Journalist Sam Kelly ’18 works nights for the Chicago Sun-Times, 8 p.m. to 4 a.m. on weekdays, 4 p.m. to midnight on weekends. A reporter on the 24-hour breaking news desk, he covers whatever happens when night falls on the city. “Mostly crime, accidents, or it could be weather, it varies from day to day,” he says.

When protests, confrontations with police and rioting unfolded across the country after George Floyd was killed in police custody in Minneapolis in late May, Kelly—who grew up in Chicago and went to Pomona College as a Posse Foundation Scholar—was sent to report from downtown Chicago. “I put my bike on the bike rack of my car, I parked outside of downtown and then I biked in,” he says.

Posting photos, video and snippets of what he witnessed on his Twitter feed @sgonzalezkelly, where his editors, colleagues and the public could see them, Kelly interviewed people on the street. Then he paused in a safe place every hour or so to send longer dispatches to the office, where they became part of the Sun-Times coverage that shared his byline. (See more stories on his profile page.)

Among the things he witnessed were a police car in flames, police tackling a man and hitting him with a baton, an officer spitting at a protester’s feet, and crowds rushing into a currency exchange after the glass had been smashed. Kelly captured what unfolded with an eye, ear and even a nose for detail.

On the job at the Sun-Times for only 16 months, Kelly previously had focused on coverage that included arts, music and sports. A media studies major at Pomona, he was program director and music director at KSPC 88.7 FM, a writing and editorial assistant in the College’s Office of Communications, and an intern at The Daily Show with Trevor Noah in New York one summer.

After graduating, Kelly worked for nine months as an arts and culture reporter on Chicago’s West Side for Free Spirit Media, a training organization for young journalists. He has covered crime scenes in his current job, but suddenly he was witnessing unrest unlike any in Chicago since 1968.

“It was the first time I’ve covered anything like this,” Kelly says. “To be honest, on Saturday night I was in a rush to leave and forgot my press badge.”

Faced with returning home for his credential and possibly missing the news that was unfolding, Kelly went into the fray without it.

“The only times I ever felt unsafe were when I got caught in the middle of skirmishes or potential skirmishes,” he says, though the sound of fireworks and other unidentified explosives could be startling. “There were a lot of times when protestors would start to congregate near cops and maybe a few rocks would be thrown. The police, it was obviously their plan for diffusing the situation—and it worked pretty well for them—just to run in a line at the protestors. Every time that happened, the protestors would turn around and sprint back down the street. I knew in those moments the police wouldn’t distinguish me from anyone else, so I had to run with them.”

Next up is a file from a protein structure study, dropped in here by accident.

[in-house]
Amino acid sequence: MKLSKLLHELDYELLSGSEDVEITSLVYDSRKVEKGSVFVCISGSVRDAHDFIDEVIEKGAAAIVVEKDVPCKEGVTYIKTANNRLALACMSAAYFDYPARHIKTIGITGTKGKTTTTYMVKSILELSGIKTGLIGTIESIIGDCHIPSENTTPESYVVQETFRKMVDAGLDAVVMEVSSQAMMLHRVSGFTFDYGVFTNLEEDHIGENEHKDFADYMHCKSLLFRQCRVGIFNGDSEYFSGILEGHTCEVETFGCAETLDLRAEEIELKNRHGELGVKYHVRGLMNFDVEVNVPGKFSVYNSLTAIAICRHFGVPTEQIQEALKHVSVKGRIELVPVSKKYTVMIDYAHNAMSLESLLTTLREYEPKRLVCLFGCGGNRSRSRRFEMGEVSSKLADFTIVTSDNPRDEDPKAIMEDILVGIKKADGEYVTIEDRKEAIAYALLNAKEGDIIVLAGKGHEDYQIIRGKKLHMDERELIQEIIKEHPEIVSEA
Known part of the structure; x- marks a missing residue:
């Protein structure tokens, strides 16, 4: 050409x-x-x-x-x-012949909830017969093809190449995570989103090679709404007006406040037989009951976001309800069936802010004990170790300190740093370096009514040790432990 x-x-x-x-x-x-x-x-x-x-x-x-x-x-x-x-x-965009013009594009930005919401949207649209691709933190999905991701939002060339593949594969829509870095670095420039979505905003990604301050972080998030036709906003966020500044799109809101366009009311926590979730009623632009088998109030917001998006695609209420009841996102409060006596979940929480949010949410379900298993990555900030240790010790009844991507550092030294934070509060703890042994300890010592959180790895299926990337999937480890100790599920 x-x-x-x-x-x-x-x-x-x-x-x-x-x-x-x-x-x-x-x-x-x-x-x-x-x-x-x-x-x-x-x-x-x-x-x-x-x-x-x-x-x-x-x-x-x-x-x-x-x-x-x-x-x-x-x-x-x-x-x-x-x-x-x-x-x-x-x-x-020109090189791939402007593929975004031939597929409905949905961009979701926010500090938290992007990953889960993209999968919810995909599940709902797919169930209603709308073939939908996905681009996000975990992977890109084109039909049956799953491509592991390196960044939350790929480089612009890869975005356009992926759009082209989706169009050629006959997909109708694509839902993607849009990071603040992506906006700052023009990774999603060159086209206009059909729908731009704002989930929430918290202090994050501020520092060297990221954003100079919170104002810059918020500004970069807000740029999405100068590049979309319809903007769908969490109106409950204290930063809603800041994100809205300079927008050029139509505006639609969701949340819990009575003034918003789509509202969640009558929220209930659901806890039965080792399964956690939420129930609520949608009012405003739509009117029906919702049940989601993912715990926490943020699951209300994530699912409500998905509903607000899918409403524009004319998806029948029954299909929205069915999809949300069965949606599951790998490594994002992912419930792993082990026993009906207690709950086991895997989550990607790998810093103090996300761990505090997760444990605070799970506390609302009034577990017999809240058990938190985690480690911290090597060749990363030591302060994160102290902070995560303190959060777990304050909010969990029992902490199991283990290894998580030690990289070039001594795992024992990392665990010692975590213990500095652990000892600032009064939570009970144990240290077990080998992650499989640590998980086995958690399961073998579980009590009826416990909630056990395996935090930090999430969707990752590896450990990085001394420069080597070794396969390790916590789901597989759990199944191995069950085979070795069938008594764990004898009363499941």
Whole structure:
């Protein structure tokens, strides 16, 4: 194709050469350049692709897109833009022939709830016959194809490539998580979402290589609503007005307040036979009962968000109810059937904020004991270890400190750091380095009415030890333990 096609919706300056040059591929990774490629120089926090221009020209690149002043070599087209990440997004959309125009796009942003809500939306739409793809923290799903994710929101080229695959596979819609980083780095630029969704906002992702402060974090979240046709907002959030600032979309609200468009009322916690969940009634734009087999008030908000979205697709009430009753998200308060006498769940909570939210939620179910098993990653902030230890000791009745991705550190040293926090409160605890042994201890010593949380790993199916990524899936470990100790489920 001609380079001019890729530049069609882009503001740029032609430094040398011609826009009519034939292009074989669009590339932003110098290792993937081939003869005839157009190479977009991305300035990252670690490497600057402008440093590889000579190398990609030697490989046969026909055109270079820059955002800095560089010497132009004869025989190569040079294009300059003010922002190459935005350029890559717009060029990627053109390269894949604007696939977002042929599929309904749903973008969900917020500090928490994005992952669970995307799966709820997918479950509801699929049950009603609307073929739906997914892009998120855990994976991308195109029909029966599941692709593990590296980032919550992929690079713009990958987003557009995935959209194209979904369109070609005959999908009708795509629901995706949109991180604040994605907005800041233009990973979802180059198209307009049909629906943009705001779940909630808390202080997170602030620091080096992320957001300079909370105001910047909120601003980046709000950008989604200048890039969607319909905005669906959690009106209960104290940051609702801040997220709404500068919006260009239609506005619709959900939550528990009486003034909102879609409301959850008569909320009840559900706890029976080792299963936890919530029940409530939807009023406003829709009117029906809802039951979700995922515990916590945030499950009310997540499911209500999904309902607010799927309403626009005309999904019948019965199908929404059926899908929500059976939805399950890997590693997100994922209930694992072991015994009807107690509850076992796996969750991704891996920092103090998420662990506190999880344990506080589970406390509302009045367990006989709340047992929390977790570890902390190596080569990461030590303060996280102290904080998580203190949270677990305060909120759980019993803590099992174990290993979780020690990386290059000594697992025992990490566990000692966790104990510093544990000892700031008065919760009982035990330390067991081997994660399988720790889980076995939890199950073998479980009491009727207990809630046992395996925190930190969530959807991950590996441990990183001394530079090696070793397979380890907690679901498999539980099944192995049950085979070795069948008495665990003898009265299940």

Much of what Kelly saw was “not very surprising, to be honest,” he says. “I understand the history of police in this country and Chicago especially. I’ve lived here my whole life. I understand that tensions are really high among protestors and among police. I work with police every day in my job, as far as my usual reporting, so I wasn’t surprised to see them responding that way.

“I have a lot of personal feelings about the police relationship with black communities and communities of color and impoverished communities, but I have to put those aside as a journalist and just report what I see as accurately as possible and try to let justification or lack of justification for any actions make themselves clear without inserting myself into the situation.”

Though he doesn’t have a clear plan for his career yet, Kelly landed the position at one of Chicago’s two storied newspapers in the middle of a changing era in journalism. Reporters face not only a drastic decline in jobs but also intensifying attacks on the news media.

“It bothers me to see the way Trump talks about the press and the attitudes that people have developed about the press. I think when journalism is done correctly, it’s a valuable resource to our community, to our society,” Kelly says. “That being said I understand the frustration that a lot of communities have with the press, communities that may have been misrepresented historically. I don’t necessarily hold it against anyone who has those convictions in good faith.

“I have seen a lot of things on social media about journalists who are coming under attack at protests. And it is infuriating, absolutely, and it makes me upset. But I also think a lot of the journalism community is making this about themselves, and that bothers me as well because the communities that are protesting have been dealing with that violence forever, for generations.”

As multiple crises converge, including the coronavirus (COVID-19) pandemic, Kelly says he is “concerned about the state of local journalism in Chicago and around the country.”

The Sun-Times, largely locally owned, has not had newsroom furloughs, but the largest shareholder of the Chicago Tribune is the hedge fund Alden Capital.

“The Sun-Times has been doing relatively well,” Kelly says. “Our main competition, the Chicago Tribune is a storied institution, one of the most important newspapers in our country, and everyone on their staff is taking three weeks of furlough over the next couple of months.

“What an awful time to be furloughing your employees, in the middle of two of the most important newsworthy events of my lifetime.”

The news never stops, and Kelly says it will be a while before he processes what he has seen.

“I haven’t really had much time to sit with all of this.”